In what ways do mobilizers of various social movements — from Islamists, to human rights activists, to labor movements — use symbolic America in the framing of their efforts? Over time, have these framing efforts shifted with changing views on the United States?

They definitely do use symbolic America as they pursue their own agendas — agendas that are largely local. The bulk of the book details how this occurs, but the general idea is that when social movement actors link their local struggles to something globally resonant, this can give their efforts greater significance. Think about it from the perspective of an individual. Say I am a resident of Zhanaozen in Kazakhstan, and I am out of work or underpaid or have other grievances. It is one thing if I am facing these difficulties in isolation and it is entirely another if I am one of potentially millions of people engaged in a common struggle around the globe. 

So, this is the job of what the social movement literature calls “framers.” The idea is that real, material grievances exist, but what sense people make of these grievances depends upon how grievances are “framed,” in other words what aspects of reality are highlighted and what aspects are ignored or downplayed.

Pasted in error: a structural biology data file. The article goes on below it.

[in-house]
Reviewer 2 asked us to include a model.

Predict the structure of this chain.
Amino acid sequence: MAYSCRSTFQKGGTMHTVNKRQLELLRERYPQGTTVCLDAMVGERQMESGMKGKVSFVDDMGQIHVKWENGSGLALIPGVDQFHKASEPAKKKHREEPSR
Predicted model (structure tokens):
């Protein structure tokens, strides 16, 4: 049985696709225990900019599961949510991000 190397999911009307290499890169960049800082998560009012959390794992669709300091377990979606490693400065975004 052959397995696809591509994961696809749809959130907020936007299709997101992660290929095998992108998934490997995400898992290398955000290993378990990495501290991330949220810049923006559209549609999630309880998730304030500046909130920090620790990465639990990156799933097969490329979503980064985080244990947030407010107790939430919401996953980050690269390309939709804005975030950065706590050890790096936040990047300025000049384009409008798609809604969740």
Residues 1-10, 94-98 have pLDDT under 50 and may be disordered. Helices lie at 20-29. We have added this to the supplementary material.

Over time, America as a symbol shifts as the image of the U.S. moves from being overwhelmingly positive in the aftermath of the Soviet collapse to much more ambivalent and multifaceted. This has implications for framers. So, Islamist framers by the late 1990s can amplify their critique of, for example, moral degradation by linking their efforts to what they see as America’s lack of moral values. Human rights actors who have linked their efforts to the U.S. as a symbol start to distance themselves from the U.S., to reframe what they stand for. Labor mobilizers, as I show in the book, opted not to link their efforts to critiques of U.S.-style capitalism, and this exacerbated their ongoing weakness.

The fact that change started in the 1990s is important. We tend to focus on the big events — things like 9/11 and its aftermath. The reality is that many changes are afoot before and in between such big events. 

Some downplay the importance of social movements in the politics of authoritarian countries and may then also set aside the value of assessing how such movements use, or don’t, the symbol of the United States. What are some of the distinctive qualities of social movements in authoritarian states, like those of Central Asia? Do such movements matter?

Great question. There has been a lot of excellent scholarship on authoritarianism in the past decade or so; it shows that beneath what sometimes looks like an unchanging authoritarian monolith, there is flux, flow, and even contestation. The fact that it pales by comparison to what we see under democracy doesn’t change the point: There’s a lot going on.